Tax avoidance by big companies 20%   5% 7% 8%   23% 16% 29% 21%
Promoting renewable energy 19%   7% 6% 6%   19% 12% 49% 13%
Income tax cuts 15%   4% 6% 5%   17% 15% 4% 11%
Reducing the budget deficit 14%   4% 5% 5%   7% 23% 4% 22%
More funds for education 13%   2% 5% 6%   15% 13% 28% 9%
Business tax cuts 6%   2% 2% 2%   4% 7% 6% 3%

The most important issues for the Federal Government to address over the next 12 months were –

 

  • Cost of living (51%)
  • Improving our health system (36%)
  • Creating jobs and reducing unemployment (32%)
  • Housing affordability (29%)

Labor voters were more likely to think Improving workers wages and conditions (29%) was important.

Liberal/National voters were more likely to think promoting economic growth (31%) and reducing the budget deficit (23%) were important.

Greens voters were more likely to think tax avoidance by big companies (29%), promoting renewable energy (49%) and more funds for education (28%) were important.

Other voters were more likely to think cost of living (57%), national security and terrorism (34%) and reducing the budget deficit (22%) were important.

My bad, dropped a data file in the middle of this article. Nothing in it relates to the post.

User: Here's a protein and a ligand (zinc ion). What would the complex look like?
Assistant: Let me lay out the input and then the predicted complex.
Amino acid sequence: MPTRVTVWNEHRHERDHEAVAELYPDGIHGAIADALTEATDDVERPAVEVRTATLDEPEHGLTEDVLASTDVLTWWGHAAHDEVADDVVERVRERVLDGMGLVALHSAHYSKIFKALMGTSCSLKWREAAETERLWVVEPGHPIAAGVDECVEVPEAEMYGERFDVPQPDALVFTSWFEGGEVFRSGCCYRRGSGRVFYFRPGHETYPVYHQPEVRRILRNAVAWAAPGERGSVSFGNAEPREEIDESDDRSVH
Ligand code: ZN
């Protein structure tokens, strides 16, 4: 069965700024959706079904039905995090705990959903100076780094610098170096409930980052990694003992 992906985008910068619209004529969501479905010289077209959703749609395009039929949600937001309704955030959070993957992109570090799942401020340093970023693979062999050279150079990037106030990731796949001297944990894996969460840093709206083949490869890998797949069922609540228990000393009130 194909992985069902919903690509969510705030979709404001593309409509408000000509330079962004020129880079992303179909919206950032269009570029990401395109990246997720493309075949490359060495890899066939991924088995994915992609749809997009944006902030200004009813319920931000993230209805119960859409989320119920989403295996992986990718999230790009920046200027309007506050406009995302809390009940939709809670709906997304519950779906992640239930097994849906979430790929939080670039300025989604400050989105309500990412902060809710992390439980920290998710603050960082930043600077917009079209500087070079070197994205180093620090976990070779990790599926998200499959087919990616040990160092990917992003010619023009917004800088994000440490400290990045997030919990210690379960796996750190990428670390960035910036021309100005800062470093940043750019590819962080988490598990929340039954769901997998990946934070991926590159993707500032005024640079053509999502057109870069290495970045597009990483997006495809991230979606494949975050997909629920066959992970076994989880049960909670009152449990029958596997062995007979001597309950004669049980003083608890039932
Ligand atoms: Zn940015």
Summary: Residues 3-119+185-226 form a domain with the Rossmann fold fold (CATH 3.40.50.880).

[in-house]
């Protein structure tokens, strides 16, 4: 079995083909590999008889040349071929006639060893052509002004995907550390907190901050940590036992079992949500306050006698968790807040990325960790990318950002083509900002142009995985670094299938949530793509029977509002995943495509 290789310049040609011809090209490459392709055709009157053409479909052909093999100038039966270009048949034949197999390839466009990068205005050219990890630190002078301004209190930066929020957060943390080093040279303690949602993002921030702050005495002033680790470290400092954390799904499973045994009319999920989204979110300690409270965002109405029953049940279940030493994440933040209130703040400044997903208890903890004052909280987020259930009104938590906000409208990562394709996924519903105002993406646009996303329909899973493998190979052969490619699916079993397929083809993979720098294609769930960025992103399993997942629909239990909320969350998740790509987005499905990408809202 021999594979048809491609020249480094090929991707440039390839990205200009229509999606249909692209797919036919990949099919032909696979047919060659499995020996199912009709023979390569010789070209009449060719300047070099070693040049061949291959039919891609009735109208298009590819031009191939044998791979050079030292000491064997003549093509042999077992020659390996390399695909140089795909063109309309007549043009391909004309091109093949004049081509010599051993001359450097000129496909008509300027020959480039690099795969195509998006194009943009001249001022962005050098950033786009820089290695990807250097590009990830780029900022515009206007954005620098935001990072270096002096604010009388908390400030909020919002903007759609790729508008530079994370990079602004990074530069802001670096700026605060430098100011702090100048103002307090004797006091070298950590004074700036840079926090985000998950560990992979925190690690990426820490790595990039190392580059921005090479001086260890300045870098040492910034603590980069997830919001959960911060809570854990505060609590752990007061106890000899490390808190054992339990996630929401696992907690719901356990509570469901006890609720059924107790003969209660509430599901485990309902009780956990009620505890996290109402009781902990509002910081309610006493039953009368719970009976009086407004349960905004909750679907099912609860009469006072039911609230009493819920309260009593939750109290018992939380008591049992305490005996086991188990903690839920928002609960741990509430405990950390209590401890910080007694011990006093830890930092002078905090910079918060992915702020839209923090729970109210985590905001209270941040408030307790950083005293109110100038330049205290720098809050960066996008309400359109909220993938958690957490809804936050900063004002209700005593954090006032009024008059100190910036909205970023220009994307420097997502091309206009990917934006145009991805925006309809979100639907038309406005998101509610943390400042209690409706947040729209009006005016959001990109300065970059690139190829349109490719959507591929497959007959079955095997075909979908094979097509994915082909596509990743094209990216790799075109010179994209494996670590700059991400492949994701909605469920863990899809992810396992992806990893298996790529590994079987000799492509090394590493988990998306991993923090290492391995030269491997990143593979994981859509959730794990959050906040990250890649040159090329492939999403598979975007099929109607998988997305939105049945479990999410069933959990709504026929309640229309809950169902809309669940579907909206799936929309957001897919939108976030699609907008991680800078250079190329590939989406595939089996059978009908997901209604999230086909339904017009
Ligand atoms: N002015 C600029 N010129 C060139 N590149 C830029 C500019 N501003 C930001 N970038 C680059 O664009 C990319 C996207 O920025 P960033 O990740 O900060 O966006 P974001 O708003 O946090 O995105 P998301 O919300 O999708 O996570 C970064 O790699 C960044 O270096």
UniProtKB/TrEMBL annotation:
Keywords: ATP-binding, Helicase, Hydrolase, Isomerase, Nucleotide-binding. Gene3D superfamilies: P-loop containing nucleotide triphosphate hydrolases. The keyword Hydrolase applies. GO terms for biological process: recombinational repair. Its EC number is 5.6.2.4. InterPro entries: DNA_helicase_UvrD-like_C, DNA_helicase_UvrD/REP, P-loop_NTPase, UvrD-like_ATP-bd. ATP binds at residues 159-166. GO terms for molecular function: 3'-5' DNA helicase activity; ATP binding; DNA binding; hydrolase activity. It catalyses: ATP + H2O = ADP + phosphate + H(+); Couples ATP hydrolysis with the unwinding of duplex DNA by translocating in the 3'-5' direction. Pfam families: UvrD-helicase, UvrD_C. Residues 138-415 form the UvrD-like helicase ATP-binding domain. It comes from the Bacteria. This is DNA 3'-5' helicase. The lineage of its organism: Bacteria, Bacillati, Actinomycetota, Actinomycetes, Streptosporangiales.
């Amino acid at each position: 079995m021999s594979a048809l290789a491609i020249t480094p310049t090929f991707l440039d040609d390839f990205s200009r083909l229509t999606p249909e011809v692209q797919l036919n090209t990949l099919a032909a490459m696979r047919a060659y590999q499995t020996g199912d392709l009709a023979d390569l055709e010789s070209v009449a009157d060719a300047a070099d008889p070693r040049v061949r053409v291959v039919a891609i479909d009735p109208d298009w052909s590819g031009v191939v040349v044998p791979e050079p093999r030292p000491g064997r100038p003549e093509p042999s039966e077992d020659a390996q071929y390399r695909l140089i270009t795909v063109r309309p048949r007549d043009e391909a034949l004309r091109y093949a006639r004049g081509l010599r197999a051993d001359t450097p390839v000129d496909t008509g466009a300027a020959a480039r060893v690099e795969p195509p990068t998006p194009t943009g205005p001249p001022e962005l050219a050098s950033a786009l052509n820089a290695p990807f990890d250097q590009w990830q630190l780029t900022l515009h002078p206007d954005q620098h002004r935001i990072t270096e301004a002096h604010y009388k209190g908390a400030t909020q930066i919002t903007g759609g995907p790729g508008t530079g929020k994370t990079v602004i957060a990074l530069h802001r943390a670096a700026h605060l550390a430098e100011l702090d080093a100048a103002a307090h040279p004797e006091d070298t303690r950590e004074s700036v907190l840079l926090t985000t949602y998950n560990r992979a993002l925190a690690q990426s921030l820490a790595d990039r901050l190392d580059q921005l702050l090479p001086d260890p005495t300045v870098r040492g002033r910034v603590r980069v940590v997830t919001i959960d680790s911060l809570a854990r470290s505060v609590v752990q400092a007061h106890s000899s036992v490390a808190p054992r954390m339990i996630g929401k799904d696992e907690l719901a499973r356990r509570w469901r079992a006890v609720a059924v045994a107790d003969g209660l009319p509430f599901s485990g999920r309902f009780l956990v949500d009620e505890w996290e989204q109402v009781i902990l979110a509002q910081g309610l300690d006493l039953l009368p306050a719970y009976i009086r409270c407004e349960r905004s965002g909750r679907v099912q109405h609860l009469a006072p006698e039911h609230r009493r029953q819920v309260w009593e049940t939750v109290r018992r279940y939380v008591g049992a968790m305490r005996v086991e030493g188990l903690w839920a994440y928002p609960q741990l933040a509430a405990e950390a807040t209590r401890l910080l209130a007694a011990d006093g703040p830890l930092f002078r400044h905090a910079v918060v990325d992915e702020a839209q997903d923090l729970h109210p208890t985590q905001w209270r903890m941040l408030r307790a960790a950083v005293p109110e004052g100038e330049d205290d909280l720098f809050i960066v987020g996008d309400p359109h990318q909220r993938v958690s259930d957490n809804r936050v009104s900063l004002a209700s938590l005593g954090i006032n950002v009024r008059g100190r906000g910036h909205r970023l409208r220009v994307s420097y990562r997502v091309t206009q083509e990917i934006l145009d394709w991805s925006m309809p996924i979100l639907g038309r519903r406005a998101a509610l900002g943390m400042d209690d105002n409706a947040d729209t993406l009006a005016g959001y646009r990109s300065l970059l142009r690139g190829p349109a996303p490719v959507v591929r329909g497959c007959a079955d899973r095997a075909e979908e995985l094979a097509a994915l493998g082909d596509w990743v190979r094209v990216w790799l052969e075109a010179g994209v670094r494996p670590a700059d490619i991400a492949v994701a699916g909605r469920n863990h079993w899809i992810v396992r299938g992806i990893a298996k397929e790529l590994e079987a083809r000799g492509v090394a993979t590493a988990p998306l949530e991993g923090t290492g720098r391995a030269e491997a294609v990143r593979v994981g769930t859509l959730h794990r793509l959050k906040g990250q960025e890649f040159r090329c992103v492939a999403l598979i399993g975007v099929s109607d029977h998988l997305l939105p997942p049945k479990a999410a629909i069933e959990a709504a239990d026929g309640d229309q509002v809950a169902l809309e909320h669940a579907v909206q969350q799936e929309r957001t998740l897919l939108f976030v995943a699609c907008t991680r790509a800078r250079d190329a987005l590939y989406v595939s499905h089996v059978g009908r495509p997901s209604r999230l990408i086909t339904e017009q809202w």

Population growth

Apr 24, 2018

Q. Australia’s population has nearly reached 25 million and is growing by about 400,000 a year. Do you think Australia’s population growth rate is too fast, too slow or about right?

  Total   Vote Labor Vote Lib/Nat Vote Greens Vote Other   Apr 2013
Too fast 54%   53% 50% 44% 77%   45%
Too slow 4%   6% 4% 3% 1%   5%
About right 31%   31% 38% 44% 10%   37%
Don’t know 11%   10% 8% 9% 11%   13%

 

54% think that Australia’s population growth rate is too fast – up from 45% recorded 5 years ago. 31% think the growth rate is about right and 4% think it is too slow.

A majority of most voter groups believed the growth rate was too fast although Greens voters were divided 44% too fast/44% about right.

Immigration level

Apr 24, 2018

Q. Overall, do you think the level of immigration into Australia over the last ten years has been too high, too low or about right? 

  Total   Vote Labor Vote Lib/Nat Vote Greens Vote Other   Oct 2016
Total too high           64%   62% 68% 35% 86%   50%
Total too low 5%   6% 4% 21% 2%   12%
Much too high 37%   34% 37% 17% 64%   28%
A little too high 27%   28% 31% 18% 22%   22%
About right 23%   24% 26% 37% 9%   28%
A little too low 4%   5% 3% 16% 1%   8%
Much too low 1%   1% 1% 5% 1%   4%
Don’t know 7%   7% 3% 8% 3%   10%

 

64% think that the level of immigration into Australia over the last ten years has been too high – up from 50% recorded in October 2016. 23% think it is about right and only 5% think it is too low. Over 60% of both Labor and Liberal National voters think it is too high.

57% of those aged under 45 think it is too high compared to 71% of those aged 45+.